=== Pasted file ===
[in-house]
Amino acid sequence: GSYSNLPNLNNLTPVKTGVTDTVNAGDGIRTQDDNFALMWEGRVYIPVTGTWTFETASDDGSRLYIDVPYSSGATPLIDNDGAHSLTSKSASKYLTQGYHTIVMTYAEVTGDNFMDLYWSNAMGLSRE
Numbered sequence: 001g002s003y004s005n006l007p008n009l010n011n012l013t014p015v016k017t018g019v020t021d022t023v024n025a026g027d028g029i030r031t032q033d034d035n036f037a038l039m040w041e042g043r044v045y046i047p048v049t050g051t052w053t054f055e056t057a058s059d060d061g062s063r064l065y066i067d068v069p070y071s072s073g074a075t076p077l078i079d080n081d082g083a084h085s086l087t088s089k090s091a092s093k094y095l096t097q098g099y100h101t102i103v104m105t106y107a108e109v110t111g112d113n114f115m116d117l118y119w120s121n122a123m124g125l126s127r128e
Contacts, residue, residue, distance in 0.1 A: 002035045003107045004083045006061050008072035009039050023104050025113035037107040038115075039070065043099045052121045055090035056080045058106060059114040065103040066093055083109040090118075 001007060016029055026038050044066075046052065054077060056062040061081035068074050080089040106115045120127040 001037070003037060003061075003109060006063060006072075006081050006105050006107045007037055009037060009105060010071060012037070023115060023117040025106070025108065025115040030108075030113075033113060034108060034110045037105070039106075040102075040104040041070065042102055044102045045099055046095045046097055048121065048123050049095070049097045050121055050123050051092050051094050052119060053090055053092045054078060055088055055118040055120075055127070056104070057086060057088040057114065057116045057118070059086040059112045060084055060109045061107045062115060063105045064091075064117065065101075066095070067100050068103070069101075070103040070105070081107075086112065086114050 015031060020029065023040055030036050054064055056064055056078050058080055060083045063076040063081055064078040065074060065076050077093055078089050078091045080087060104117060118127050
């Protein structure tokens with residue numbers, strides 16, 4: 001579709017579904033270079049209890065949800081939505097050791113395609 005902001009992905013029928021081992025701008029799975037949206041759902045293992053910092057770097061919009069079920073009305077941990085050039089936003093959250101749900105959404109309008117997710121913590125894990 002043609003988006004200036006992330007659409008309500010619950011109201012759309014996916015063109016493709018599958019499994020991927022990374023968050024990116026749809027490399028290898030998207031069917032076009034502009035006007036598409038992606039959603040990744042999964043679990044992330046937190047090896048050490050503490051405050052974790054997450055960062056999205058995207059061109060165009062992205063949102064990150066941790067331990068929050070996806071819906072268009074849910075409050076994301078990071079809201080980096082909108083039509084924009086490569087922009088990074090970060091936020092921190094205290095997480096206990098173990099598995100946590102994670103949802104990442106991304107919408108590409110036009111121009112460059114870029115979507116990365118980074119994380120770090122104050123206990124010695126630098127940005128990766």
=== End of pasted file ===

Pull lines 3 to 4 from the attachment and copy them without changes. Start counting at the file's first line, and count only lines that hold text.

Numbered sequence: 001g002s003y004s005n006l007p008n009l010n011n012l013t014p015v016k017t018g019v020t021d022t023v024n025a026g027d028g029i030r031t032q033d034d035n036f037a038l039m040w041e042g043r044v045y046i047p048v049t050g051t052w053t054f055e056t057a058s059d060d061g062s063r064l065y066i067d068v069p070y071s072s073g074a075t076p077l078i079d080n081d082g083a084h085s086l087t088s089k090s091a092s093k094y095l096t097q098g099y100h101t102i103v104m105t106y107a108e109v110t111g112d113n114f115m116d117l118y119w120s121n122a123m124g125l126s127r128e
Contacts, residue, residue, distance in 0.1 A: 002035045003107045004083045006061050008072035009039050023104050025113035037107040038115075039070065043099045052121045055090035056080045058106060059114040065103040066093055083109040090118075 001007060016029055026038050044066075046052065054077060056062040061081035068074050080089040106115045120127040 001037070003037060003061075003109060006063060006072075006081050006105050006107045007037055009037060009105060010071060012037070023115060023117040025106070025108065025115040030108075030113075033113060034108060034110045037105070039106075040102075040104040041070065042102055044102045045099055046095045046097055048121065048123050049095070049097045050121055050123050051092050051094050052119060053090055053092045054078060055088055055118040055120075055127070056104070057086060057088040057114065057116045057118070059086040059112045060084055060109045061107045062115060063105045064091075064117065065101075066095070067100050068103070069101075070103040070105070081107075086112065086114050 015031060020029065023040055030036050054064055056064055056078050058080055060083045063076040063081055064078040065074060065076050077093055078089050078091045080087060104117060118127050